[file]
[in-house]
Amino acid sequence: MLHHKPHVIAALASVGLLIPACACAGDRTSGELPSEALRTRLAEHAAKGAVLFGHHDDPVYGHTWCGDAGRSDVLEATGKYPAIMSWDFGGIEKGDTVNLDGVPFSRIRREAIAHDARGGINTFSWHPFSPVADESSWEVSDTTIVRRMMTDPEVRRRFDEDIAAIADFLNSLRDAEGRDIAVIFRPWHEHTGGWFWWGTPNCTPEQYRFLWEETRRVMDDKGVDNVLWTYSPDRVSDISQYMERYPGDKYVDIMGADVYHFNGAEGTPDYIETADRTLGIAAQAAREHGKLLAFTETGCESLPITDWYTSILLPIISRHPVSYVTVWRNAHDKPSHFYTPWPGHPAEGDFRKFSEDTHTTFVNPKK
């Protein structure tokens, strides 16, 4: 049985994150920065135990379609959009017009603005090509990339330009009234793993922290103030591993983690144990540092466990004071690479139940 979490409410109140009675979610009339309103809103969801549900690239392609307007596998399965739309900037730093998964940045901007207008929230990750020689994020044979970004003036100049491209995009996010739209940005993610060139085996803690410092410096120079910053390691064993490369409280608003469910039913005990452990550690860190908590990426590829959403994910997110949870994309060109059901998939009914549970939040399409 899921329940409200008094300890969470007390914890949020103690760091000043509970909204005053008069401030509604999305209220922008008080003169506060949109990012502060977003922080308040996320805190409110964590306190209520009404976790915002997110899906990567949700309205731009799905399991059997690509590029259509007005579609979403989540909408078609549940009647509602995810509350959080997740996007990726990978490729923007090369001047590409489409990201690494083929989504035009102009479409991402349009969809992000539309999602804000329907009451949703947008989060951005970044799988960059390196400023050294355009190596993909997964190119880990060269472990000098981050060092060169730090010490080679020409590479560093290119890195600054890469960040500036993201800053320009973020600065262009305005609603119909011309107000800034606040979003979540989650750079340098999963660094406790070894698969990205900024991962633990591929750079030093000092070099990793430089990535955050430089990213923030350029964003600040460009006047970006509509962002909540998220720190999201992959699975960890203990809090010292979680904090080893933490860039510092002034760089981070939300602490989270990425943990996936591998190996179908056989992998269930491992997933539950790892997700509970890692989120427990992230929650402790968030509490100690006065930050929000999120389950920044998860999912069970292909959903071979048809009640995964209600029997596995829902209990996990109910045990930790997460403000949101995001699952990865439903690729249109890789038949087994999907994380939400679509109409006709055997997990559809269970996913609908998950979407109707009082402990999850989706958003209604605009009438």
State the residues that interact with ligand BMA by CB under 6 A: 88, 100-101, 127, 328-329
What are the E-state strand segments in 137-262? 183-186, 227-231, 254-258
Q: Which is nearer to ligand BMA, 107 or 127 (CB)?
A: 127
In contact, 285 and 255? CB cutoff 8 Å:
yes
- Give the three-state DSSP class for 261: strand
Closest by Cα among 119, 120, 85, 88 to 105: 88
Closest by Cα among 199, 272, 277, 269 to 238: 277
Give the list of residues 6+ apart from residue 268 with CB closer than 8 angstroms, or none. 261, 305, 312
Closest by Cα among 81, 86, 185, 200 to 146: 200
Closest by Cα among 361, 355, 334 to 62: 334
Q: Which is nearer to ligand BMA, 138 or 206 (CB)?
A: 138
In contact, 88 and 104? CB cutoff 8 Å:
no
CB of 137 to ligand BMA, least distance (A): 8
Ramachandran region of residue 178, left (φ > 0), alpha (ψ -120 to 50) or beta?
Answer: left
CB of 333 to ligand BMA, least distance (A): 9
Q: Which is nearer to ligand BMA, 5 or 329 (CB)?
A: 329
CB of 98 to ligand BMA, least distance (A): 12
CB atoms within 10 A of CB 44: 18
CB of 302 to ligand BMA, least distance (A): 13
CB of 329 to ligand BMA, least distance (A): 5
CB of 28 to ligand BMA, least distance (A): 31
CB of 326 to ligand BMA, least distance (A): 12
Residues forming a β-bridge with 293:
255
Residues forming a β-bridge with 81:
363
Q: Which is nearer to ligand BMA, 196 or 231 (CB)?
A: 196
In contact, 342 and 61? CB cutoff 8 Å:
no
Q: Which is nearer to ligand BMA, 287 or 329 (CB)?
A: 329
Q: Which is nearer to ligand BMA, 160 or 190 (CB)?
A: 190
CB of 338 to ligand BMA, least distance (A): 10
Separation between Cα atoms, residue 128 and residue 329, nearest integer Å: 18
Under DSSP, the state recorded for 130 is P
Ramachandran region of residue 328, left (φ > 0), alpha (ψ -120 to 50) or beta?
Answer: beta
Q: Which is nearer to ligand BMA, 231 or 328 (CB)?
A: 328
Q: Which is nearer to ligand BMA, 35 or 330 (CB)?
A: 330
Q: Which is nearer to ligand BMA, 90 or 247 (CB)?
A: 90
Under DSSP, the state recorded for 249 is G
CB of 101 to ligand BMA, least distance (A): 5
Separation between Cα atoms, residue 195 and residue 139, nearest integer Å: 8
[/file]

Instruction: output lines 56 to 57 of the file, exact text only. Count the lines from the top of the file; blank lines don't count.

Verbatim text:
CB of 101 to ligand BMA, least distance (A): 5
Separation between Cα atoms, residue 195 and residue 139, nearest integer Å: 8